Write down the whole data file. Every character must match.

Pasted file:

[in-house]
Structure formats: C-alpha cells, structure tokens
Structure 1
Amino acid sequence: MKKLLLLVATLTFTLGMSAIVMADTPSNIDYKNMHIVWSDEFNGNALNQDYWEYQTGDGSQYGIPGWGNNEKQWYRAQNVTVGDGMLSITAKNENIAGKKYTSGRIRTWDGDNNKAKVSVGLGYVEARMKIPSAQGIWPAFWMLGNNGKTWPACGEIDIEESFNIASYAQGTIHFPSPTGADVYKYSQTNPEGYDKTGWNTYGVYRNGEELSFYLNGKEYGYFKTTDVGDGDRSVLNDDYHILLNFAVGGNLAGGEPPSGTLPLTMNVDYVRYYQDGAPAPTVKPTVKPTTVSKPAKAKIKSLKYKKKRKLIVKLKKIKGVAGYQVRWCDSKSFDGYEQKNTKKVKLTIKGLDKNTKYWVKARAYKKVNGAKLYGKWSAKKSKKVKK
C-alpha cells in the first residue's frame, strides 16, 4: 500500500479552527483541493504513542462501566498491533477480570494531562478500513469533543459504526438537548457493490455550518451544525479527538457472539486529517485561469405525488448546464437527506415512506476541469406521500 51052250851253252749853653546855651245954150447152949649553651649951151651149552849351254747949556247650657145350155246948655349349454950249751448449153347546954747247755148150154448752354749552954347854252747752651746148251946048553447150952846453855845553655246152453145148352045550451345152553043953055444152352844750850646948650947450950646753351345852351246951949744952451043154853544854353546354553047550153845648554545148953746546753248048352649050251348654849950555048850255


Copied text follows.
[in-house]
Structure formats: C-alpha cells, structure tokens
Structure 1
Amino acid sequence: MKKLLLLVATLTFTLGMSAIVMADTPSNIDYKNMHIVWSDEFNGNALNQDYWEYQTGDGSQYGIPGWGNNEKQWYRAQNVTVGDGMLSITAKNENIAGKKYTSGRIRTWDGDNNKAKVSVGLGYVEARMKIPSAQGIWPAFWMLGNNGKTWPACGEIDIEESFNIASYAQGTIHFPSPTGADVYKYSQTNPEGYDKTGWNTYGVYRNGEELSFYLNGKEYGYFKTTDVGDGDRSVLNDDYHILLNFAVGGNLAGGEPPSGTLPLTMNVDYVRYYQDGAPAPTVKPTVKPTTVSKPAKAKIKSLKYKKKRKLIVKLKKIKGVAGYQVRWCDSKSFDGYEQKNTKKVKLTIKGLDKNTKYWVKARAYKKVNGAKLYGKWSAKKSKKVKK
C-alpha cells in the first residue's frame, strides 16, 4: 500500500479552527483541493504513542462501566498491533477480570494531562478500513469533543459504526438537548457493490455550518451544525479527538457472539486529517485561469405525488448546464437527506415512506476541469406521500 51052250851253252749853653546855651245954150447152949649553651649951151651149552849351254747949556247650657145350155246948655349349454950249751448449153347546954747247755148150154448752354749552954347854252747752651746148251946048553447150952846453855845553655246152453145148352045550451345152553043953055444152352844750850646948650947450950646753351345852351246951949744952451043154853544854353546354553047550153845648554545148953746546753248048352649050251348654849950555048850255